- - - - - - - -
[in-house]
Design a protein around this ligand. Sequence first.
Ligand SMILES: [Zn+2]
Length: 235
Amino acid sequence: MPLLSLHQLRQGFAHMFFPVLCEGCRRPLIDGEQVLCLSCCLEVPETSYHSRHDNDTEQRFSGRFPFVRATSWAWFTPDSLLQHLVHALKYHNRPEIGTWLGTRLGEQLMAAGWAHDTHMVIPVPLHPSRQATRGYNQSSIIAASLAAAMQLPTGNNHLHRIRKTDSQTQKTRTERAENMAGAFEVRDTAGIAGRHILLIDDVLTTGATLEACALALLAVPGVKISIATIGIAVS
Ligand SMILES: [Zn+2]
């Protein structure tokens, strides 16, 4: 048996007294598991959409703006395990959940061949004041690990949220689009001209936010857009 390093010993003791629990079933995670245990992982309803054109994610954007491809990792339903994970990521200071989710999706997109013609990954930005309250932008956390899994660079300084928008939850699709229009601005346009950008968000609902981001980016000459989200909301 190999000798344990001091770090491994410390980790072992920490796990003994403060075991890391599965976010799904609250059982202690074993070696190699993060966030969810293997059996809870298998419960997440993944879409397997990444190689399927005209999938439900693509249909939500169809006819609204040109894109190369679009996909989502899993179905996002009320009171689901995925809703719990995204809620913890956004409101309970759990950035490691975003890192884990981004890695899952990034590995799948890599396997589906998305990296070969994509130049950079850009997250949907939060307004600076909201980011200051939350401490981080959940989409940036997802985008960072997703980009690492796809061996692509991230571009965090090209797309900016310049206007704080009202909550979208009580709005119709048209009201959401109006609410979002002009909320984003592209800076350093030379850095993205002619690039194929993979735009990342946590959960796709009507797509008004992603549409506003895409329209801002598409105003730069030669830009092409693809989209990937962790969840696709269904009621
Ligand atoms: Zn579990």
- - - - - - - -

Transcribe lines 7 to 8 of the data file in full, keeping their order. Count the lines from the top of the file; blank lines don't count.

């Protein structure tokens, strides 16, 4: 048996007294598991959409703006395990959940061949004041690990949220689009001209936010857009 390093010993003791629990079933995670245990992982309803054109994610954007491809990792339903994970990521200071989710999706997109013609990954930005309250932008956390899994660079300084928008939850699709229009601005346009950008968000609902981001980016000459989200909301 190999000798344990001091770090491994410390980790072992920490796990003994403060075991890391599965976010799904609250059982202690074993070696190699993060966030969810293997059996809870298998419960997440993944879409397997990444190689399927005209999938439900693509249909939500169809006819609204040109894109190369679009996909989502899993179905996002009320009171689901995925809703719990995204809620913890956004409101309970759990950035490691975003890192884990981004890695899952990034590995799948890599396997589906998305990296070969994509130049950079850009997250949907939060307004600076909201980011200051939350401490981080959940989409940036997802985008960072997703980009690492796809061996692509991230571009965090090209797309900016310049206007704080009202909550979208009580709005119709048209009201959401109006609410979002002009909320984003592209800076350093030379850095993205002619690039194929993979735009990342946590959960796709009507797509008004992603549409506003895409329209801002598409105003730069030669830009092409693809989209990937962790969840696709269904009621
Ligand atoms: Zn579990």